As Robert Kuttner noted in a January 2003 issue of The American Prospect, ever since Nixon devised his southern strategy, "the Republican grand electoral design has been based on locking up the white South while playing to the white backlash in the North. Often the appeals to race are tacit, sometimes they are crude; but the stance is unmistakable to anyone who bothered to notice."
Among the cruder of these appeals was the Willie Horton slander fomented against Michael Dukakis on behalf of George H.W. Bush in 1988 by a campaign hatchetman named Roger Ailes, who is now CEO of Fox News. Comparatively tacit among the G.O.P.'s racist efforts was the suppression of black votes in Florida in 2000 (and again in Ohio in 2004). The winner both times, George W. Bush, insists that he’s "compassionate" about blacks, especially the type who reject "affirmative action," "quotas," and other liberal stumbling blocks to a "color-blind" America. And he loves getting his picture taken with pickaninnies.
The Republicans deny that they are the electoral refuge for America's bigots. But whenever an ex-Klansman, decrying the mongrelization of the white race, enters a primary election somewhere in Louisiana or Texas, it's always a Republican primary.
The Republicans insist they are "working hard" to win African-American votes. But the G.O.P.'s chronic failure to crack even 10 percent among black voters indicates that they're working harder to foster a constituency they value much more dearly, commonly described as "non-college-educated white males," which is pollster code for "rednecks and yahoos."
The G.O.P. regularly trots out black appointees to showcase their openmindedness. Trouble is, when these G.O.P. "house Negroes" are allowed to speak, they avoid terms like "social justice" and "voting rights." Examined closely, they tend to be non-partisan overachievers like Colin Powell or -- at worst -- self-loathing Stepin Fetchits like Clarence Thomas. Or they're just trying to pass for white, like Condoleezza Rice.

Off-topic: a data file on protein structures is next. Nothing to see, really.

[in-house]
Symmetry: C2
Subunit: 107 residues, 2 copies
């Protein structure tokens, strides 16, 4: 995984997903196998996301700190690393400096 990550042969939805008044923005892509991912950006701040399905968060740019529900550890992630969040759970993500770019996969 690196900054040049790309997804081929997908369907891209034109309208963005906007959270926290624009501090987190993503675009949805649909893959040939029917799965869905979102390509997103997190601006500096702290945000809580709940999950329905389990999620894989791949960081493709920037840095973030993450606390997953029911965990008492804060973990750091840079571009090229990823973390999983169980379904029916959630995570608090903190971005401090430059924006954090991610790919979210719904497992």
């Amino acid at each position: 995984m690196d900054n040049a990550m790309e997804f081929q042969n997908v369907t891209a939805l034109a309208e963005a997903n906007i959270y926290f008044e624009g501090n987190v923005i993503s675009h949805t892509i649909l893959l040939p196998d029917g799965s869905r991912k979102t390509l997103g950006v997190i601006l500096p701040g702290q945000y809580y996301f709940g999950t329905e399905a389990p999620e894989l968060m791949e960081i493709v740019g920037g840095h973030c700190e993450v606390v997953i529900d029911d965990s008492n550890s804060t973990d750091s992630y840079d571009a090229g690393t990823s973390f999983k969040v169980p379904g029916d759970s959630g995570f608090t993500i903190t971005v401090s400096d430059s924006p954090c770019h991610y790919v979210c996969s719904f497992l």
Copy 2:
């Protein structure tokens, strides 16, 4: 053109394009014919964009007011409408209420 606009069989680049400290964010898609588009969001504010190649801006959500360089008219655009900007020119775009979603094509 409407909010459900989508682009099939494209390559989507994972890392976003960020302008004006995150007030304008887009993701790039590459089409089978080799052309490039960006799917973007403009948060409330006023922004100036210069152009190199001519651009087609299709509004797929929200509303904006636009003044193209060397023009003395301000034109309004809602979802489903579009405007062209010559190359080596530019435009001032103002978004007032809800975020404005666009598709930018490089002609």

The "race card" works for the G.O.P., in a circular way. It validates racists by giving them a place to go, thus perpetuating America's historic traditions of bigotry and segregation, which nurtures the Republicans as the party that's not prejudiced against the prejudiced. Around and around...
Still, I gotta ask: Why aren't some (or any) Republicans embarrassed?
I can't believe that most white Republicans favor racial hatred. But they must know that that their ranks include people who vote for white candidates solely because they’re white, and who would never vote for a black candidate simply because he or she is black. Surely, they must know that many of their fellow Republicans think it was a fine idea to shoot Medger Evers, Martin Luther King, Jr., Robert F. Kennedy, James Chaney, Andrew Goodman, Michael Schwerner... Etcetera.
Democrats were embarrassed by George Wallace and Bull Connor. Why aren't Republicans embarrassed by David Duke and Bob Jones?
Maybe it's just pragmatism. The G.O.P. tolerates its hordes of red-state rednecks because, if not for all those straight-ticket bigots, the Republicans don't think they could win.
Not long ago, Democrats certainly thought so. They stayed embarrassed for a long time. But eventually, Democrats told their leaders we'd rather lose a few votes in Tallahatchie County than be on the same side as the monsters who lynched Emmett Till. They said, hey, let’s try a trade with the Republicans. They get electoral votes in Georgia, Virginia, Carolina, Alabama, Texas, etc. In return we get the legacies of Abe Lincoln, Martin Luther King, Jr., Ralph Abernathy, Rosa Parks, Judge James Horton, Justice Thurgood Marshall... Etcetera.
Maybe Republicans could do it, too -- tell their leaders they don't want to be the party of voter intimidation and KKK nostalgia anymore. Maybe then, the race card would finally become too risky to play, even among campaign strategists.
Yes, I hear you, Dr. King. It’s just a dream.
This is the place where all are welcome to join in and engage in spiritual, uplifting and intellectual conversation.Please do join us,won't you.....
Saturday, May 28, 2005